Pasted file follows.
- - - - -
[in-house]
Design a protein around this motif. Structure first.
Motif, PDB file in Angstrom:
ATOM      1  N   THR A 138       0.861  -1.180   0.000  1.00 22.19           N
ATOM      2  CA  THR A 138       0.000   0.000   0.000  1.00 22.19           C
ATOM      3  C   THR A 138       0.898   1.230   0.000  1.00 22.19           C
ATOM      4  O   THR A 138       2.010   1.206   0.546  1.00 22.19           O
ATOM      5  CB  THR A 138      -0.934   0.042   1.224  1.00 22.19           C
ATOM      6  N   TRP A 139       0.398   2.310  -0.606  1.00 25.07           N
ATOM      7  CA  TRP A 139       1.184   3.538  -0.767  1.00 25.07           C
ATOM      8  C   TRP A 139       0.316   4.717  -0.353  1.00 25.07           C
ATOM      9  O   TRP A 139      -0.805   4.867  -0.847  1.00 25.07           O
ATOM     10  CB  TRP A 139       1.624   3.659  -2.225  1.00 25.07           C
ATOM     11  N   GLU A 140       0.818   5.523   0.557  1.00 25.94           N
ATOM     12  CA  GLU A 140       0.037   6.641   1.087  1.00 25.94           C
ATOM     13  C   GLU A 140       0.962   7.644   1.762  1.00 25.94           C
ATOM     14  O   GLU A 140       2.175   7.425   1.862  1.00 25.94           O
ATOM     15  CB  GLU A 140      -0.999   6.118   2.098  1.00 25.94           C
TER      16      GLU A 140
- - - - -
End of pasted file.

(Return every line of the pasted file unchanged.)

[in-house]
Design a protein around this motif. Structure first.
Motif, PDB file in Angstrom:
ATOM      1  N   THR A 138       0.861  -1.180   0.000  1.00 22.19           N
ATOM      2  CA  THR A 138       0.000   0.000   0.000  1.00 22.19           C
ATOM      3  C   THR A 138       0.898   1.230   0.000  1.00 22.19           C
ATOM      4  O   THR A 138       2.010   1.206   0.546  1.00 22.19           O
ATOM      5  CB  THR A 138      -0.934   0.042   1.224  1.00 22.19           C
ATOM      6  N   TRP A 139       0.398   2.310  -0.606  1.00 25.07           N
ATOM      7  CA  TRP A 139       1.184   3.538  -0.767  1.00 25.07           C
ATOM      8  C   TRP A 139       0.316   4.717  -0.353  1.00 25.07           C
ATOM      9  O   TRP A 139      -0.805   4.867  -0.847  1.00 25.07           O
ATOM     10  CB  TRP A 139       1.624   3.659  -2.225  1.00 25.07           C
ATOM     11  N   GLU A 140       0.818   5.523   0.557  1.00 25.94           N
ATOM     12  CA  GLU A 140       0.037   6.641   1.087  1.00 25.94           C
ATOM     13  C   GLU A 140       0.962   7.644   1.762  1.00 25.94           C
ATOM     14  O   GLU A 140       2.175   7.425   1.862  1.00 25.94           O
ATOM     15  CB  GLU A 140      -0.999   6.118   2.098  1.00 25.94           C
TER      16      GLU A 140